The affable Mr. Boehner, who served in the leadership during the heady days of the Republican takeover in 1994, put a lot of stock in the retreat's potential. After his election, he helped restructure the conference, saying he wanted to provide individual lawmakers with more opportunity to vent and voice their ambitions after years of top-down management of the House.
"So far, so good," he said. But there was still some obvious adjusting for the new leadership team. One colleague referred to the new leader as "Tom," and Mr. Boehner mistakenly identified the chairman of the ethics committee as Representative Joel Hefley of Colorado, who was ousted last year after the panel's investigations of Mr. DeLay.
The retreat was held under tight security at a secluded Hyatt resort. Scores of Capitol Hill police officers joined the local authorities and the Secret Service in securing the grounds of the 400-room complex. Police officers with automatic weapons staffed the guard gate, and small Coast Guard boats patrolled the adjacent Choptank River.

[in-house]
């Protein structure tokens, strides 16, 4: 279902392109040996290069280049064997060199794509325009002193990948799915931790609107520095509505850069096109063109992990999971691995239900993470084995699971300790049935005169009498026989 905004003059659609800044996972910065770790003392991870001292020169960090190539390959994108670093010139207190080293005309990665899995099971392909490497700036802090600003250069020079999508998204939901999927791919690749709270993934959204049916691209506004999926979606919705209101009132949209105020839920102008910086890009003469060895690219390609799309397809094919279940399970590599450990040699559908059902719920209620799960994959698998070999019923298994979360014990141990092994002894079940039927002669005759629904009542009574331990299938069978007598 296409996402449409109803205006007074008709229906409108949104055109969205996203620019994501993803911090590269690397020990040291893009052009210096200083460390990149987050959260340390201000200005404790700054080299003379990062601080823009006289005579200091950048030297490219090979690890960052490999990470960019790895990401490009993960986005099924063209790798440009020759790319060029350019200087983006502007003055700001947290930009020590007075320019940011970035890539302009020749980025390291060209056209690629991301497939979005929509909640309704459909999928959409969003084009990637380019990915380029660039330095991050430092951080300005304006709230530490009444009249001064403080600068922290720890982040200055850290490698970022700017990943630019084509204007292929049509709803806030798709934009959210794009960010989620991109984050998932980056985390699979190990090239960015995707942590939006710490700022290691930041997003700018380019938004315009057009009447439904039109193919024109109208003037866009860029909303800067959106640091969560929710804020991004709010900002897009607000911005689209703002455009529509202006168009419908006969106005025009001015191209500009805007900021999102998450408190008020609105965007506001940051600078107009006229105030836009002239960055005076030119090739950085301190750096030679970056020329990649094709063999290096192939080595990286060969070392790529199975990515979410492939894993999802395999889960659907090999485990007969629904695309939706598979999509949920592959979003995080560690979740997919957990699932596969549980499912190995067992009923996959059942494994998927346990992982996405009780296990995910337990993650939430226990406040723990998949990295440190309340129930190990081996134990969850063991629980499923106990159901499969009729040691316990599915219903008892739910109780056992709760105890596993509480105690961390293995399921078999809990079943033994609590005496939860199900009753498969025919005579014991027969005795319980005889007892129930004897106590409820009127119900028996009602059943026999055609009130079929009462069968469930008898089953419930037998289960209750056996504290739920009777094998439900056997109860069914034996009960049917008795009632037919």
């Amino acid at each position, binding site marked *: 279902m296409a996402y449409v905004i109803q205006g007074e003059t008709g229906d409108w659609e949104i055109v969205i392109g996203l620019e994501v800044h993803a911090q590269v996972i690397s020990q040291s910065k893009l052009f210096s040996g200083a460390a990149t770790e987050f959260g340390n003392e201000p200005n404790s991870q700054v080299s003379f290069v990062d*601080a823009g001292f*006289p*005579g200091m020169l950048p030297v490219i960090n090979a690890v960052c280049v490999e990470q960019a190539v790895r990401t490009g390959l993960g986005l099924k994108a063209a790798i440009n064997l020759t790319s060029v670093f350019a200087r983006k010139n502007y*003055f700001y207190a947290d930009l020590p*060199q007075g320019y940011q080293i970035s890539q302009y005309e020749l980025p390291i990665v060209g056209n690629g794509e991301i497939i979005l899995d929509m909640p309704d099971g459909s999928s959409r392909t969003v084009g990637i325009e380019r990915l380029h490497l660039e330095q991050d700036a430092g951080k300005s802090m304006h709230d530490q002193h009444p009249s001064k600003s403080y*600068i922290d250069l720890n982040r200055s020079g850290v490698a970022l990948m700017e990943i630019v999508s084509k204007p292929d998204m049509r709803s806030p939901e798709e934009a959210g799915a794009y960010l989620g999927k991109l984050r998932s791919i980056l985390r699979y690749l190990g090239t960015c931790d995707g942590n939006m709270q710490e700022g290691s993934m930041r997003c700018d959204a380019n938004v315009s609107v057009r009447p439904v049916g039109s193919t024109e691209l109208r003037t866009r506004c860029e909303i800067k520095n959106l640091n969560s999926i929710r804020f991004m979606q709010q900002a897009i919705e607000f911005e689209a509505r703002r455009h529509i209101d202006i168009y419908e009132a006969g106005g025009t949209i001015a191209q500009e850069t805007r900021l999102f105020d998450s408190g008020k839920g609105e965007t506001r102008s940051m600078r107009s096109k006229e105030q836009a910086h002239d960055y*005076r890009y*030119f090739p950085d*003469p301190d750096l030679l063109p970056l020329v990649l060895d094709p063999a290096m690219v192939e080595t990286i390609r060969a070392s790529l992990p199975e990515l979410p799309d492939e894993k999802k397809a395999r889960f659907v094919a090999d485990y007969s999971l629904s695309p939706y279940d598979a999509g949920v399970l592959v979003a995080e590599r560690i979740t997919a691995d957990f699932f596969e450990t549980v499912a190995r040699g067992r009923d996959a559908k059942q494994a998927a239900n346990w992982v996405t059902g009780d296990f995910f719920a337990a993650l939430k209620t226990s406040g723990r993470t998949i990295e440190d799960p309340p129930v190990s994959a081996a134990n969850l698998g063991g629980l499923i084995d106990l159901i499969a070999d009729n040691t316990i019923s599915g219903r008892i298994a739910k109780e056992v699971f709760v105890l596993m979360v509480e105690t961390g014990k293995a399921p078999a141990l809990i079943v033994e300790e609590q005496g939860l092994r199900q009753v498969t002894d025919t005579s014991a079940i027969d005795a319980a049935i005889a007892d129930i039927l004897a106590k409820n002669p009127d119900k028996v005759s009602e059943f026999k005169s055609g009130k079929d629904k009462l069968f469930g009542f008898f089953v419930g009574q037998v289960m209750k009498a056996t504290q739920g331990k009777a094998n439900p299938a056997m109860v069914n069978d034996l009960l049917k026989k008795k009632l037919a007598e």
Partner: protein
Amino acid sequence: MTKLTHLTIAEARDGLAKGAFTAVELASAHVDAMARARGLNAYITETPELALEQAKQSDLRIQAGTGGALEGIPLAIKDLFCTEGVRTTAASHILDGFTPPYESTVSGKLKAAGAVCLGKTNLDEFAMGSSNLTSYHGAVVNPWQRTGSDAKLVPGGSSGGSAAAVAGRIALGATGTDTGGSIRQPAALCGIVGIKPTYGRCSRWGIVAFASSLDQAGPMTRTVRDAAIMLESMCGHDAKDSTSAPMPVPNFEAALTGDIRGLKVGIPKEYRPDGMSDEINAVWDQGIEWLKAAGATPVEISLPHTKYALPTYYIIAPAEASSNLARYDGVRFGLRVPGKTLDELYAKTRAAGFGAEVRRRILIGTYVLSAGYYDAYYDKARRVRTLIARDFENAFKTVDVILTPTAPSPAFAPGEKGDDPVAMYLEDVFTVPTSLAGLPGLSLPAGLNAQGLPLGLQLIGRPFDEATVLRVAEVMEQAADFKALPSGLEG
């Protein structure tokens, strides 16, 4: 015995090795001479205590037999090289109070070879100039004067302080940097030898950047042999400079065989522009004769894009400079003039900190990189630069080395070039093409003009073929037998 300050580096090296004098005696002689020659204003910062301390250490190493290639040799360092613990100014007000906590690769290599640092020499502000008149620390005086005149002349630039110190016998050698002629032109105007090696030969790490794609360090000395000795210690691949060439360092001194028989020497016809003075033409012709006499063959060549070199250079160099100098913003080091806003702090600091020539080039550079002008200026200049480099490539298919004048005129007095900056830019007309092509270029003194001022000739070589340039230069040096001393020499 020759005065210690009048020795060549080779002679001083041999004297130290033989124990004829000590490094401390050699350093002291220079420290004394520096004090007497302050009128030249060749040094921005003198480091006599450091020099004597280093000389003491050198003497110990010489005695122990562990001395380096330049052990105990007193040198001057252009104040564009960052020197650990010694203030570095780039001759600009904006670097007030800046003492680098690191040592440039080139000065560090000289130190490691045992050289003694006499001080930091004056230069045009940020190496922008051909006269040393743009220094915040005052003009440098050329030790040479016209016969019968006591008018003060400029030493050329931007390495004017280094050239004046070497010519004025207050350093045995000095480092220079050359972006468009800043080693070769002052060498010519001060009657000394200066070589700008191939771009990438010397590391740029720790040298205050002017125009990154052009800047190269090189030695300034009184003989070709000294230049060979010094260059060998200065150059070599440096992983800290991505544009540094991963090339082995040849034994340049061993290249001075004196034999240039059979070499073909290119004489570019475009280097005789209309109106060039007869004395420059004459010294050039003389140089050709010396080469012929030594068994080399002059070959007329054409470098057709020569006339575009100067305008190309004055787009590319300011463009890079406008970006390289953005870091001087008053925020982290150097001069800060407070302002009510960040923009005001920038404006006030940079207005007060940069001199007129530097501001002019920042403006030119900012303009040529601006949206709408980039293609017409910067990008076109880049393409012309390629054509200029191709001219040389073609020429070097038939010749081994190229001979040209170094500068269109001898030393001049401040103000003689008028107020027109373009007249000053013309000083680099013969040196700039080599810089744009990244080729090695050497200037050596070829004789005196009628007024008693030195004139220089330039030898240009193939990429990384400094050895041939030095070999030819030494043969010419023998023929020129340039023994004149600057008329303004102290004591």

Even some lawmakers said that they were taken aback by the scale of the police presence but that with almost half of the House on hand, perhaps it was prudent. The adjoining golf course, a sore subject these days given the image of lobbyist-financed outings, went unused.
The Republicans were well protected from reporters, who were kept in an idled restaurant about a quarter-mile from the hotel and escorted on and off the grounds by the police. Party officials said the privacy promoted candor.
And President Bush, who arrived for a Friday pep talk to reassure Republicans worried about his poll numbers, cautioned against loose lips as well. He asked the members of Congress to allow his comments about the National Security Agency's surveillance program to "stay in the room" — words mistakenly piped back to the White House press room through an open microphone that was cut off before too much was said.